Monday, February 23, 2009

Random Access Memory (RAM)

RAM (random access memory) is the place in a computer where the operating system, application programs, and data in current use are kept so that they can be quickly reached by the computer's processor. RAM is much faster to read from and write to than the other kinds of storage in a computer, the hard disk, floppy disk, and CD-ROM. However, the data in RAM stays there only as long as your computer is running. When you turn the computer off, RAM loses its data. When you turn your computer on again, your operating system and other files are once again loaded into RAM, usually from your hard disk.

RAM can be compared to a person's short-term memory and the hard disk to the long-term memory. The short-term memory focuses on work at hand, but can only keep so many facts in view at one time. If short-term memory fills up, your brain sometimes is able to refresh it from facts stored in long-term memory. A computer also works this way. If RAM fills up, the processor needs to continually go to the hard disk to overlay old data in RAM with new, slowing down the computer's operation. Unlike the hard disk which can become completely full of data so that it won't accept any more, RAM never runs out of memory. It keeps operating, but much more slowly than you may want it to.

Friday, February 13, 2009

Intel 8080

The Intel 8080 was an early microprocessor designed and manufactured by Intel. The 8-bit CPU was released in April 1974 running at 2 MHz (at up to 500,000 instructions per second), and is generally considered to be the first truly usable microprocessor CPU design. It was implemented using non-saturated enhancement-load NMOS, demanding extra voltages.

The Intel 8080 was the successor to the Intel 8008. It used the same instruction set as the 8008 (developed by Computer Terminal Corporation) and was source code compatible. The 8080's large 40 pin DIP packaging permitted it to provide a 16-bit address bus and an 8-bit data bus, allowing easy access to 64 kilobytes of memory.

As the chip was delayed and did not meet CTC's performance goals, the 2200 ended up using CTC's own TTL based CPU instead. An agreement permitted Intel to market the chip to other customers after Seiko expressed an interest in using it for a calculator.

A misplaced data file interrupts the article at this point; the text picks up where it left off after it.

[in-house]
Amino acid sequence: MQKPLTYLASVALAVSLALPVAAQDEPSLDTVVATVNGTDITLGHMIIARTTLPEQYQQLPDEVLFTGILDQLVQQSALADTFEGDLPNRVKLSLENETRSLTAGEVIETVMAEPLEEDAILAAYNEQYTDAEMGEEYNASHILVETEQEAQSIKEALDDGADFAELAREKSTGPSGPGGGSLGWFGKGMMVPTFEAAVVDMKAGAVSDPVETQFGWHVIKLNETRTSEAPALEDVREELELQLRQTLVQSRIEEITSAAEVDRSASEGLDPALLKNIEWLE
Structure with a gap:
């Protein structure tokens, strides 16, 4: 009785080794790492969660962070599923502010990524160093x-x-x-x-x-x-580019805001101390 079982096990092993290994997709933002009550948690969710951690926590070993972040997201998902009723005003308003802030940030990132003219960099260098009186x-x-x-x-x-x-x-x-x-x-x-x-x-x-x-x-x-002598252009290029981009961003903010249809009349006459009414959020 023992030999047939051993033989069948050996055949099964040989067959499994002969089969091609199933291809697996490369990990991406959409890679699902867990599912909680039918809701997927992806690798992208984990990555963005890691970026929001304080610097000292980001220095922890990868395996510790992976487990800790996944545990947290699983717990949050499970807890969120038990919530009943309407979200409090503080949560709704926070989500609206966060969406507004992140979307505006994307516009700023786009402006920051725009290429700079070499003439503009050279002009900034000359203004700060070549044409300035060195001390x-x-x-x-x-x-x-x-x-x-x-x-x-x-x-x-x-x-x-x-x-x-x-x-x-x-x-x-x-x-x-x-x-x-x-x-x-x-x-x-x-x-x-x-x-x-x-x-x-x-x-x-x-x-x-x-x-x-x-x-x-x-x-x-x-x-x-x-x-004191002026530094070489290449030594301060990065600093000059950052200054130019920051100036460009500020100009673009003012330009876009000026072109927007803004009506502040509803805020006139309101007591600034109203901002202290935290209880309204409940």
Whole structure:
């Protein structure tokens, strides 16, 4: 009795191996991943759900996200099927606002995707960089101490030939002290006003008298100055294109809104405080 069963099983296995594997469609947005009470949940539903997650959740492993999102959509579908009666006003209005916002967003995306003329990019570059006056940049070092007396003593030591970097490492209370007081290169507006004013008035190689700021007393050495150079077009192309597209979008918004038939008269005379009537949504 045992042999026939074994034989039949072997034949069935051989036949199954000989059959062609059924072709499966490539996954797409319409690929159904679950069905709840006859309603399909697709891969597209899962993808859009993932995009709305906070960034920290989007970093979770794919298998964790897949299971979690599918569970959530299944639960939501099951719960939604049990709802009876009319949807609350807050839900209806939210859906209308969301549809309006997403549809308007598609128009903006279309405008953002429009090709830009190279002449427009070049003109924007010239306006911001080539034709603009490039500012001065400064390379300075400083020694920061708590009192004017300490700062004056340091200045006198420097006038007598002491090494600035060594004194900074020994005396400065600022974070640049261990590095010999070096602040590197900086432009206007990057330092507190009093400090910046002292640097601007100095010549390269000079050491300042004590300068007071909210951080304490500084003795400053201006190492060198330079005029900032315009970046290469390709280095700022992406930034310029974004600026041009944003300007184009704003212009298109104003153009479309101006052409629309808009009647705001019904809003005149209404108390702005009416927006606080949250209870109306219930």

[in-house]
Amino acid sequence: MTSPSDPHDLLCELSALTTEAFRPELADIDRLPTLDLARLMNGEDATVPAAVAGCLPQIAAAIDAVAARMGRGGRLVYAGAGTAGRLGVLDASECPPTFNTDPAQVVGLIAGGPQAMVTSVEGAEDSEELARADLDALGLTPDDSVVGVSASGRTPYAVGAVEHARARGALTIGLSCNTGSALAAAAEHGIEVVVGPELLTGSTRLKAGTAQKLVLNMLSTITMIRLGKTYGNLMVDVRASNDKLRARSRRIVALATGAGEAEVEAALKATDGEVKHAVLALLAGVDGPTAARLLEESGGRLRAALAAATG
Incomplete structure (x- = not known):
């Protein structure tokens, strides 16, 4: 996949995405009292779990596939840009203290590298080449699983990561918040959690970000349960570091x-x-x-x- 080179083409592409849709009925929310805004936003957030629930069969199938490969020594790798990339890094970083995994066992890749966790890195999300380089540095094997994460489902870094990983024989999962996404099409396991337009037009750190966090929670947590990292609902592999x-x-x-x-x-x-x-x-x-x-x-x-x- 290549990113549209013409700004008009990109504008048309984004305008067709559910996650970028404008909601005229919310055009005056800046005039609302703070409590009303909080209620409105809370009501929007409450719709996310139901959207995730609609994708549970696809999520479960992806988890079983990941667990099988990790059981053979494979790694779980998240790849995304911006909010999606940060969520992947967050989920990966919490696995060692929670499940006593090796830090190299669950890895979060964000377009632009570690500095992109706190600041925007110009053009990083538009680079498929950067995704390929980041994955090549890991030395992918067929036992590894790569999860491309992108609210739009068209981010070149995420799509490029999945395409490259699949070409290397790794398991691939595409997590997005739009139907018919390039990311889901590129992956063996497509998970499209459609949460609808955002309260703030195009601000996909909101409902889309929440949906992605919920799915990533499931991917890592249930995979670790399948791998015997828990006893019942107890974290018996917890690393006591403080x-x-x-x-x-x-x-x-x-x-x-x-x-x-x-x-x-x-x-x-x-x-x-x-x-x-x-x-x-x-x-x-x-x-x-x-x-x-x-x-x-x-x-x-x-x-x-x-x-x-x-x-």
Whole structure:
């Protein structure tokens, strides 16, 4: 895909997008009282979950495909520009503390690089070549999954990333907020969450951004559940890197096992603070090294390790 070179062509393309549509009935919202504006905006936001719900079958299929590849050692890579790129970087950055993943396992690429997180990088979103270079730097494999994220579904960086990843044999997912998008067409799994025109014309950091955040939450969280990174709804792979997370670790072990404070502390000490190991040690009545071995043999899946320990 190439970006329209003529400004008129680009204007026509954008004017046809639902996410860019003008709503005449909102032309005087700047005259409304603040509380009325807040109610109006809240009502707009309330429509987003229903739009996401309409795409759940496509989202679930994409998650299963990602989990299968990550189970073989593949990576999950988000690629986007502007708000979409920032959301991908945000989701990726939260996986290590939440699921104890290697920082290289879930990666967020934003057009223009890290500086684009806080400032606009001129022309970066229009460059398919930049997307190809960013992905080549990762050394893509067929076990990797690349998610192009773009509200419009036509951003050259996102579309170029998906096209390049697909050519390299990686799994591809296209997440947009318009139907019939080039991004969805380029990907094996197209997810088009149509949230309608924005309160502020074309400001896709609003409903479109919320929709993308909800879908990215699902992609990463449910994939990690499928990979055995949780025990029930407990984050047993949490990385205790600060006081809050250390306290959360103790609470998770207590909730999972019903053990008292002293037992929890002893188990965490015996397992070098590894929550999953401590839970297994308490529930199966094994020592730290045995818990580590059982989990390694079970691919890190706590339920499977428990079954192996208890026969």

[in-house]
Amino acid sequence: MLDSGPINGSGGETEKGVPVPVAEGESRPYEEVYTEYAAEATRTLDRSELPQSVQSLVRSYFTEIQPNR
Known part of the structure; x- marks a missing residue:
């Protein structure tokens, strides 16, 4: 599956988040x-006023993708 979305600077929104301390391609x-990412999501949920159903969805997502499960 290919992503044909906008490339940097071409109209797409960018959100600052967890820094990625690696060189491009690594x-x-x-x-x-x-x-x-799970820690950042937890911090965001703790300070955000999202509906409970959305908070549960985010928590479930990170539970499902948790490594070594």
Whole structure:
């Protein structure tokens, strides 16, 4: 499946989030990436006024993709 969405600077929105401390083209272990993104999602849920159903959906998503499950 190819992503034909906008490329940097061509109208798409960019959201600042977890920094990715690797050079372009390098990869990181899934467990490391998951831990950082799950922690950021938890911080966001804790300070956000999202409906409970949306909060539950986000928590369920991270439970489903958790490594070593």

Monday, February 09, 2009

Pioneer 10

Pioneer 10 (also called Pioneer-F) was the first spacecraft to travel through the asteroid belt, which it entered on July 15, 1972, and to make direct observations of Jupiter, which it passed by on December 3, 1973. It was launched from Cape Canaveral Air Force Station's Launch Complex 36A on March 2, 1972. Pioneer 10 is heading in the direction of Aldebaran, located in Taurus. By some definitions, Pioneer 10 has become the first artificial object to leave the solar system. It is surely the first human-built object to have been set upon a trajectory leading out of the solar system. However, it still has not passed the heliopause or Oort cloud.

Its objectives were to study the interplanetary and planetary magnetic fields; solar wind parameters; cosmic rays; transition region of the heliosphere; neutral hydrogen abundance; distribution, size, mass, flux, and velocity of dust particles; Jovian aurorae; Jovian radio waves; atmosphere of Jupiter and some of its satellites, particularly Io; and to photograph Jupiter and its satellites.

Monday, February 02, 2009

Intel 4004

The Intel 4004 is a 4-bit central processing unit (CPU) released by Intel Corporation in 1971. The 4004 is the first complete CPU on one chip, the first commercially available microprocessor, a feat made possible by the use of the new silicon gate technology allowing the integration of a higher number of transistors and a faster speed than was possible before. The 4004 employed a 10 μm silicon-gate enhancement load pMOS technology and could execute approximately 92,000 instructions per second (that is, a single instruction cycle was 11 microseconds).

The 4004 was released on November 15, 1971. Packaged in a 16-pin ceramic dual in-line package, the 4004 is the first computer processor designed and manufactured by chip maker Intel, which previously made semiconductor memory chips. The chief designers of the chip were Federico Faggin and Ted Hoff of Intel, and Masatoshi Shima of Busicom (later of ZiLOG, founded by Federico Faggin).